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In this beautifully written account, Julian Young provides the most comprehensive biography available today of the life and philosophy of the nineteenth-century German philosopher Friedrich Nietzsche. Young deals with the many puzzles created by the conjunction of Nietzsche's personal history and his work: why the son of a Lutheran pastor developed into the self-styled 'Antichrist'; why this archetypical Prussian came to loath Bismarck's Prussia; and why this enemy of feminism preferred the company of feminist women. Setting Nietzsche's thought in the context of his times - the rise of Prussian militarism, anti-Semitism, Darwinian science, the 'Youth' and emancipationist movements, as well as the 'death of God' - Young emphasises the decisive influence of Plato and of Richard Wagner on Nietzsche's attempted reform of Western culture.
According to Bertrand Russell, Nietzsche's only value is the flourishing of the exceptional individual. The well-being of ordinary people is, in itself, without value. Yet there are passages in Nietzsche that appear to regard the flourishing of the community as a whole alongside, perhaps even above, that of the exceptional individual. The ten essays that comprise this volume wrestle with the tension between individual and community in Nietzsche's writings. Some defend a reading close to Russell's. Others suggest that Nietzsche's highest value is the flourishing of the community as a whole and that exceptional individuals find their highest value only in promoting that flourishing. In viewing Nietzsche from the perspective of community, the essays also cast new light on other aspects of his philosophy, for instance, his ideal of scientific research and his philosophy of language.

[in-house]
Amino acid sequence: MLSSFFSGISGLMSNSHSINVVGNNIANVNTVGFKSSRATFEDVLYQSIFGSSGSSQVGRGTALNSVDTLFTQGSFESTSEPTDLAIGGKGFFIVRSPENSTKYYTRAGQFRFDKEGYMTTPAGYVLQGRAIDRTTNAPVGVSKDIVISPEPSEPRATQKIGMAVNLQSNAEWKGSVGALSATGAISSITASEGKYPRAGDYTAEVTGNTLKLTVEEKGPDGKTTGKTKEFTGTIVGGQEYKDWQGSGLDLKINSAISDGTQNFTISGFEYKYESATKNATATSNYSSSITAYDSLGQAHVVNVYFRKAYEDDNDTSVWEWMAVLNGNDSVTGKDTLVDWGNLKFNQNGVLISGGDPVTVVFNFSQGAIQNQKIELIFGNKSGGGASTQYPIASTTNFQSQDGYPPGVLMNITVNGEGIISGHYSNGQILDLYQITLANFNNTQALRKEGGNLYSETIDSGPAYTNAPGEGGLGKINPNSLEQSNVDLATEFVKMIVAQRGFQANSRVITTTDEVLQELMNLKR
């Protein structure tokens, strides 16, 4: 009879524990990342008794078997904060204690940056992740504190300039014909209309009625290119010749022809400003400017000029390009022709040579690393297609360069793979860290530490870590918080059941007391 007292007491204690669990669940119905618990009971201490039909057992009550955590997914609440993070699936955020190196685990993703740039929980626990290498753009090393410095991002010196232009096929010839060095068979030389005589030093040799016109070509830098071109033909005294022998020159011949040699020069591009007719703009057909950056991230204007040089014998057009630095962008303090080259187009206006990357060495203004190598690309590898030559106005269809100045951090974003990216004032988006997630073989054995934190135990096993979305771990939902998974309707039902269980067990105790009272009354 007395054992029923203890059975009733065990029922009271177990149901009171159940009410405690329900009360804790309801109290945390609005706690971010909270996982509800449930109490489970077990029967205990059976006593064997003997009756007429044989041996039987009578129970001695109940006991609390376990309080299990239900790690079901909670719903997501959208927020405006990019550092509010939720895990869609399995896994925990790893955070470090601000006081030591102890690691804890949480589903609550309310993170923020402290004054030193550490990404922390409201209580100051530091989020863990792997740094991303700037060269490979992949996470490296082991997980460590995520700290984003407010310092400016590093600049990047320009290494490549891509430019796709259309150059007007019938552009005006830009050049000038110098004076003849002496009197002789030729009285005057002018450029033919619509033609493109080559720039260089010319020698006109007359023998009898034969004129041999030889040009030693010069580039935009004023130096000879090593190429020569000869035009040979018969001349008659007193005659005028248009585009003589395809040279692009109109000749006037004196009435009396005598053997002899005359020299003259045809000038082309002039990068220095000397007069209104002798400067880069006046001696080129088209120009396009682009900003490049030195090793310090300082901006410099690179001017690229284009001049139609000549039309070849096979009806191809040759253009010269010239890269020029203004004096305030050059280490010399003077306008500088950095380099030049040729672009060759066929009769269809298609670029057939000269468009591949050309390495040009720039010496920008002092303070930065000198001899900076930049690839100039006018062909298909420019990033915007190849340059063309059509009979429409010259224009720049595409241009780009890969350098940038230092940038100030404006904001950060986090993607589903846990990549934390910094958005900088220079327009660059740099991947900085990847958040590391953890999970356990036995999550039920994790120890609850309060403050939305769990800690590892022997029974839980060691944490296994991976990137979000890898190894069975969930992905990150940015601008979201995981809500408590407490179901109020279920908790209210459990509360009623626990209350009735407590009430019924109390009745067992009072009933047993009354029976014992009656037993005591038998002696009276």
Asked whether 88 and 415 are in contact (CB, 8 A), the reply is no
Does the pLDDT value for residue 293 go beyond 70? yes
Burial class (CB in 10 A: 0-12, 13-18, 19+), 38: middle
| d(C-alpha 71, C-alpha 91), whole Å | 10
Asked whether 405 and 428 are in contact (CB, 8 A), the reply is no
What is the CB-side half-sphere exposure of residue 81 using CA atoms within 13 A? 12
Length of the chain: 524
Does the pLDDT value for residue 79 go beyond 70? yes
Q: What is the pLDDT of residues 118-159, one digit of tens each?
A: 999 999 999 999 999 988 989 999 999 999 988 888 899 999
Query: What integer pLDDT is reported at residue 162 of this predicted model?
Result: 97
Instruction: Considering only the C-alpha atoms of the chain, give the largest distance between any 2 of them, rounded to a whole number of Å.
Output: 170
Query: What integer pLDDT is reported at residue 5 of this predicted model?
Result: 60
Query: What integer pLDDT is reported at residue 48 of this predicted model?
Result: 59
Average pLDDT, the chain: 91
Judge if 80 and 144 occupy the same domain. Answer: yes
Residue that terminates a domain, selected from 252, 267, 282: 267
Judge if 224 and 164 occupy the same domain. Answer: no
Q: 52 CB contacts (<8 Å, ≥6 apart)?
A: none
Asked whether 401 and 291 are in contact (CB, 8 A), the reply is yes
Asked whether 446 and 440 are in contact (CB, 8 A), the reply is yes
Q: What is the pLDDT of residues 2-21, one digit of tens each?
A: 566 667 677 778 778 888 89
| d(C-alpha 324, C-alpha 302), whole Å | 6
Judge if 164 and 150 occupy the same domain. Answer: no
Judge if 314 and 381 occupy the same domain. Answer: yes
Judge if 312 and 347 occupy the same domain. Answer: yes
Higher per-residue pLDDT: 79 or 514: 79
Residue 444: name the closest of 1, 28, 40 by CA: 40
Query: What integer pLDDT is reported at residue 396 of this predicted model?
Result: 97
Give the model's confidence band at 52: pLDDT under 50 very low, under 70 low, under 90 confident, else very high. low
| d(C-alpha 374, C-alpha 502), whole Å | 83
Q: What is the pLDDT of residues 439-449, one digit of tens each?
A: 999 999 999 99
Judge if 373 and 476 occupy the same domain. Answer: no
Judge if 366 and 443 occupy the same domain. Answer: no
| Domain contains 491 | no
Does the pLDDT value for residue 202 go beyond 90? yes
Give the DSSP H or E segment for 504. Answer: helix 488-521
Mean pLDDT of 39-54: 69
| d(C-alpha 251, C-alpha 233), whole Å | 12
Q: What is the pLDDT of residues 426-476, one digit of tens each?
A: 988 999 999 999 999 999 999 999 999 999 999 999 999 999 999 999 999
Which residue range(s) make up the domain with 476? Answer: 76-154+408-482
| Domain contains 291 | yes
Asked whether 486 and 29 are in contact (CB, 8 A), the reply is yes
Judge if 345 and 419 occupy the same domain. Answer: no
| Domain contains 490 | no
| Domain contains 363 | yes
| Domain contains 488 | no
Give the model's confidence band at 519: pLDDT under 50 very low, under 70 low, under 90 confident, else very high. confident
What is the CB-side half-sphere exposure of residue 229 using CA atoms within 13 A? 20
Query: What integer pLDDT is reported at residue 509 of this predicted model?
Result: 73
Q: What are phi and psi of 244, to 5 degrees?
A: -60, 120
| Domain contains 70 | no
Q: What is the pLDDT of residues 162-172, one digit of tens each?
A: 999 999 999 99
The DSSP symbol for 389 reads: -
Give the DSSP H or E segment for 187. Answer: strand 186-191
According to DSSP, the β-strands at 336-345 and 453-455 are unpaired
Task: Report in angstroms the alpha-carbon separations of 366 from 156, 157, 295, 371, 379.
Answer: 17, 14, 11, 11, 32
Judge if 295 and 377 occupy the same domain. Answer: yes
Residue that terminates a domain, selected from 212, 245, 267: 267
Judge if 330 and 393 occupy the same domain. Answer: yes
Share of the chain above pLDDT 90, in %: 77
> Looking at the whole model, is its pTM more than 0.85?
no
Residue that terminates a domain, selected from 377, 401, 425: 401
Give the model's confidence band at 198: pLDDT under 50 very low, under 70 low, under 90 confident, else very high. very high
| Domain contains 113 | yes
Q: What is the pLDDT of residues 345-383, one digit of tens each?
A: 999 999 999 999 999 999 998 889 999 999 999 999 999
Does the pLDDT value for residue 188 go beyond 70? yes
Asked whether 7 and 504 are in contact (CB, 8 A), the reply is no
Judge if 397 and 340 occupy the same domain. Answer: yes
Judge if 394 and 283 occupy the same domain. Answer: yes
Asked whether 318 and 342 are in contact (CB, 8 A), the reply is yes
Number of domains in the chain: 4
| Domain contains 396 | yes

In this 2006 book, Julian Young argues that Nietzsche's early religious communitarianism persists through all his published works.
This book is a full survey of the philosophy of tragedy from antiquity to the present. From Aristotle to Žižek the focal question has been: why, in spite of its distressing content, do we value tragic drama? What is the nature of the 'tragic effect'? Some philosophers point to a certain kind of pleasure that results from tragedy. Others, while not excluding pleasure, emphasize the knowledge we gain from tragedy - of psychology, ethics, freedom or immortality. Through a critical engagement with these and other philosophers, the book concludes by suggesting an answer to the question of what it is that constitutes tragedy 'in its highest vocation'. This book will be of equal interest to students of philosophy and of literature.
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